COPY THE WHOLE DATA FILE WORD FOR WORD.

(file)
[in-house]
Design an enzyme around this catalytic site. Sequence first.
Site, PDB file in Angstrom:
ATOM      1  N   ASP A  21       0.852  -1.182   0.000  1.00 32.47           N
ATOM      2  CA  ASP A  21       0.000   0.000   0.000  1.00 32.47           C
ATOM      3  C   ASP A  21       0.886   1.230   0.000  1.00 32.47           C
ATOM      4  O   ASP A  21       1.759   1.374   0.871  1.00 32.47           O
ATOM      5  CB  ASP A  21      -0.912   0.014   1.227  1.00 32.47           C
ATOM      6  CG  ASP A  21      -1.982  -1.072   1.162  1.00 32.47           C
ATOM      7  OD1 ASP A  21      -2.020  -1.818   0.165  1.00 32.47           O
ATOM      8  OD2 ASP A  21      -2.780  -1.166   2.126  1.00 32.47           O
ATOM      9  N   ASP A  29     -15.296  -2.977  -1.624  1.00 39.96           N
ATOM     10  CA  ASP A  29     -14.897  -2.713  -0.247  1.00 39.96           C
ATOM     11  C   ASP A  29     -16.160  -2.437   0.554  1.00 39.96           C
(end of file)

[in-house]
Design an enzyme around this catalytic site. Sequence first.
Site, PDB file in Angstrom:
ATOM      1  N   ASP A  21       0.852  -1.182   0.000  1.00 32.47           N
ATOM      2  CA  ASP A  21       0.000   0.000   0.000  1.00 32.47           C
ATOM      3  C   ASP A  21       0.886   1.230   0.000  1.00 32.47           C
ATOM      4  O   ASP A  21       1.759   1.374   0.871  1.00 32.47           O
ATOM      5  CB  ASP A  21      -0.912   0.014   1.227  1.00 32.47           C
ATOM      6  CG  ASP A  21      -1.982  -1.072   1.162  1.00 32.47           C
ATOM      7  OD1 ASP A  21      -2.020  -1.818   0.165  1.00 32.47           O
ATOM      8  OD2 ASP A  21      -2.780  -1.166   2.126  1.00 32.47           O
ATOM      9  N   ASP A  29     -15.296  -2.977  -1.624  1.00 39.96           N
ATOM     10  CA  ASP A  29     -14.897  -2.713  -0.247  1.00 39.96           C
ATOM     11  C   ASP A  29     -16.160  -2.437   0.554  1.00 39.96           C